CHURCH CORNER:Earthly treasures are always at risk

I mailed in my tax payment recently (early, actually) and it made me stop and think about how often we complain about taxes. There’s nothing certain but death and taxes…no tax ever gets taken away, they just add more to them…tax and spend…tax breaks for the wealthy…how can you get tax refunds when you haven’t paid any taxes…have I missed any of the common complaints?

Then I thought about a study of people’s standard of living around the world that noted that 90 percent of the world’s population cannot afford a car. So owning a car makes me one of the world’s top 10 percent, wealth wise. Or seeing that owning two cars runs me even higher up the scale, I wonder why it is that I would argue that I am not wealthy. I have a mortgage payment, I have to work to balance my budget (and one of these days, I will balance it) – so how can anyone confuse me with Bill Gates? I doubt anyone is confused about that, but when I think about the people I have seen in Asia, Africa or Central America who wash clothes in a muddy river, sweep dirt floors, eat whatever is cheapest in the market – when they can afford it – I have to stop and reconsider my perspective. No magazine is ever going to put my name in the list of wealthy notables, but I am so well off that 90 percent of the world’s population would be overjoyed to live as comfortably as I do.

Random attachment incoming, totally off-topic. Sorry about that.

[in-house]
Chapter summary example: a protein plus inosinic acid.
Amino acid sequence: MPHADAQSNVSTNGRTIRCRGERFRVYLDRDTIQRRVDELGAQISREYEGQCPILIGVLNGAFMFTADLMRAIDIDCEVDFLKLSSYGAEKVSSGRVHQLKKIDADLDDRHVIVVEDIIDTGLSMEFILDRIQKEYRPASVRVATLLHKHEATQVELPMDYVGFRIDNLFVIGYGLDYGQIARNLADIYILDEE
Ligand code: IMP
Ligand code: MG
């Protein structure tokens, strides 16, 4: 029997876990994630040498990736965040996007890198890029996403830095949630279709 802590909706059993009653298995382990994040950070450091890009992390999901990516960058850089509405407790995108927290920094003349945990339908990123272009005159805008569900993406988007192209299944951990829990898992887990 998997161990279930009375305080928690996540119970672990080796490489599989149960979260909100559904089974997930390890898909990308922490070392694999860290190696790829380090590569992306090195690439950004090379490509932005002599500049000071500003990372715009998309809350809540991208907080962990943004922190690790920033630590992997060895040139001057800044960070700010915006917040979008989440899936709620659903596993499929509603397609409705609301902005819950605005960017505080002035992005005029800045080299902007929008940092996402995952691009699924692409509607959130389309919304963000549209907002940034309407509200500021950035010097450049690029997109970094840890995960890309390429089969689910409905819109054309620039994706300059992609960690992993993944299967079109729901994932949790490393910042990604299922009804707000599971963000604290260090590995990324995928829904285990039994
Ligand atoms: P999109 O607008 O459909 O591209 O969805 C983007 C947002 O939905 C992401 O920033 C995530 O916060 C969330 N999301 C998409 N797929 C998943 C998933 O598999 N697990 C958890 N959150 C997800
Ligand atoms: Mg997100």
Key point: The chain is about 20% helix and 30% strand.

Then I started thinking about the time Jesus said to store up my treasure in heaven, because every treasure you value here on earth is at risk. Thieves steal, hurricanes damage, tsunamis wash it away, inflation lowers its purchasing power, property values drop and stuff gets old and breaks. But if I treasured what can be found in heaven, which is one way of saying what we find when we are in God’s presence, when we live in God’s domain, nothing here could touch it. Nothing here could make it lose its value. And if I really valued God’s ways and longed for God’s ways to change me, to change my way of living, to bring me to the point that I value what God values, I wonder what might change in my attitude about my comfortable life. I wonder what might happen to my way of prioritizing my money management. I wonder what my attitude toward the people around me might be if I valued what God values. If my treasure was with God and not here…I wonder if I might find it much easier to share the comfort, if I might be willing to do with less so someone with nothing might live with more. Because I don’t have to go to Africa to see people who are living with nothing, I just have to open my eyes. And Jesus did say, “Whatever you do for the least of one of these, you do for me.”

By Bruce Thweatt

Enumclaw Community Church

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